Michael Dutton was brought up in South Jersey. He received a Bachelor of Arts in Literature degree from Richard Stockton State College. Afterwards, he studied comparative literature at Penn State in State College, Pennsylvania. He now lives in Newport, RI where he’s currently writing the third book of the Christmasville Trilogy – Saving Christmasville, and also a novella for young adult readers – A Tale of The Tall Ship, Oliver Hazard Perry. His first novel Christmasville received the Finalist Award in the Next Generation Indie Book Awards.
Christmasville is a book about a town nestled between magic and déjà vu. Mary Jane Higgins embarks on a series of perilous journeys, determined to resolve the riddles. Although it’s forbidden, she crosses train tracks, approaches the bottomless abyss, traveling through a wilderness that operates according to a different set of rules. It’s a town perennially covered in new fallen snow, perpetually decorated in yuletide trimmings. It’s a town that in many ways is typical, or evocative – one that we might dream of – but which functions according to three, slightly skewed phenomena: time, space and memory. And no one, save one, suspects that something is awry.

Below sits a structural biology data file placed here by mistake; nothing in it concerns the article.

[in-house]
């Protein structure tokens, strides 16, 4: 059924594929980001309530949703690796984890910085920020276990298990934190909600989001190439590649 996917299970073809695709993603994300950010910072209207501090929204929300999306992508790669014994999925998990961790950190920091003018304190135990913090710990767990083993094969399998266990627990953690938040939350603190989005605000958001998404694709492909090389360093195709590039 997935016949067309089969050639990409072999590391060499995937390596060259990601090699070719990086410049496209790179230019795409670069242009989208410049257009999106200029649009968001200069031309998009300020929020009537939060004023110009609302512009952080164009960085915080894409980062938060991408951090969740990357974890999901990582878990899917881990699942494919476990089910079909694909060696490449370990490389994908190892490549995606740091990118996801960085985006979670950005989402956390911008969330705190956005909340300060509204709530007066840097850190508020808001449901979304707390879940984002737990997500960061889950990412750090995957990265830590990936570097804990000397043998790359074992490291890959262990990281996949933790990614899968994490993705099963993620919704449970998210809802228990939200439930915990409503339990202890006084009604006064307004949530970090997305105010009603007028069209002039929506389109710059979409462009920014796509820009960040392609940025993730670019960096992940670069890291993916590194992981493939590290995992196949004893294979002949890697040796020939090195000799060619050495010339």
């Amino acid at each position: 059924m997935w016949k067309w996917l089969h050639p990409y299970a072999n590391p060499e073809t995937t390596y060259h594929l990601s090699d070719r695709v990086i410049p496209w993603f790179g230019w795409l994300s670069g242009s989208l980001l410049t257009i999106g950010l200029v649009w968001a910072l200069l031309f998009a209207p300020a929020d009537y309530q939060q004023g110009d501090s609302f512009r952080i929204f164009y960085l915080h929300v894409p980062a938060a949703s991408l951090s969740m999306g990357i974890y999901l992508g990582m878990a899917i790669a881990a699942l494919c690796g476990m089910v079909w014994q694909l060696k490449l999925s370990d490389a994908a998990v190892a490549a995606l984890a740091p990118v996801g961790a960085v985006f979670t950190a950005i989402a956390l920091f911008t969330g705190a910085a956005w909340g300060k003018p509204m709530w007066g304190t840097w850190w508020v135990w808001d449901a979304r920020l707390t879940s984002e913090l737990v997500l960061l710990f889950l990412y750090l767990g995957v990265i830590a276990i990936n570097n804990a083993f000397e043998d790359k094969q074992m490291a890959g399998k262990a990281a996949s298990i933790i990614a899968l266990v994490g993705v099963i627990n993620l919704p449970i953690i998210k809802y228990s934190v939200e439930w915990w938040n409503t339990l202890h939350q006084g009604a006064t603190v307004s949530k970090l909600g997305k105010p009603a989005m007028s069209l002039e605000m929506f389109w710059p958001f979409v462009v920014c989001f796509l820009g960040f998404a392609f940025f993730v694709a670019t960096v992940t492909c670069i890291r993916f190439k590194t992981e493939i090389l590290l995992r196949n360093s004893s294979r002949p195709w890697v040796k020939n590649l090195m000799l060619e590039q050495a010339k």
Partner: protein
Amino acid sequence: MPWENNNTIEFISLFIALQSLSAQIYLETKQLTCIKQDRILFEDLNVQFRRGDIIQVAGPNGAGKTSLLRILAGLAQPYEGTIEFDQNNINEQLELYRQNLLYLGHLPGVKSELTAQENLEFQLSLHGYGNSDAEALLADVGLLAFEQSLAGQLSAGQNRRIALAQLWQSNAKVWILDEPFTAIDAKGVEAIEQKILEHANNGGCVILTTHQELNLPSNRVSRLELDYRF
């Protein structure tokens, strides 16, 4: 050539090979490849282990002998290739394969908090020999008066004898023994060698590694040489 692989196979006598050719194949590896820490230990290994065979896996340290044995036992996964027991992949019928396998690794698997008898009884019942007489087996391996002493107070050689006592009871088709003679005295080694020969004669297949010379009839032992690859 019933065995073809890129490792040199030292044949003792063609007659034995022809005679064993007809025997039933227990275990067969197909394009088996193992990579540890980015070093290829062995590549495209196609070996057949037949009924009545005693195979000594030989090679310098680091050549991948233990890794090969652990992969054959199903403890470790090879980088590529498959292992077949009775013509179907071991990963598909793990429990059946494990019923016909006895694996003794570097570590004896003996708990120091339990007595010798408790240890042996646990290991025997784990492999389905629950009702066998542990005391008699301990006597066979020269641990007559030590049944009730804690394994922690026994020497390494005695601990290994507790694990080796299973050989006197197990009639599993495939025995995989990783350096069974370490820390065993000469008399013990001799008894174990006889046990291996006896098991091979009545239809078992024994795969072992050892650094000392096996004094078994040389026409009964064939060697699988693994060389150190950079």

Finding Christmasville is out now, which the IBPA Benjamin Franklin Awards has said, “I liked the strong female characters [and] the descriptive language.” If Mary Jane was motivated by faith, a spirit of independence and the quest for truth in Christmasville, the first novel of the trilogy, Madeleine and Esmeralda are driven by purposes quite different in the second. For both girls, it is the embrace of hope – of salvation for Madeleine, and illumination for Esmeralda – that propels them along their separate paths. Madeleine, a daughter of the Magian line, is bequeathed calinda al emeris magus – the rare “gift of the fourth king” – which enables her to perceive what others cannot. But, as with many gifts, there are prices for such things. The bloom of a rose, of the fruit of a tree, does not come without the promise of a thorn, or the threat of blight.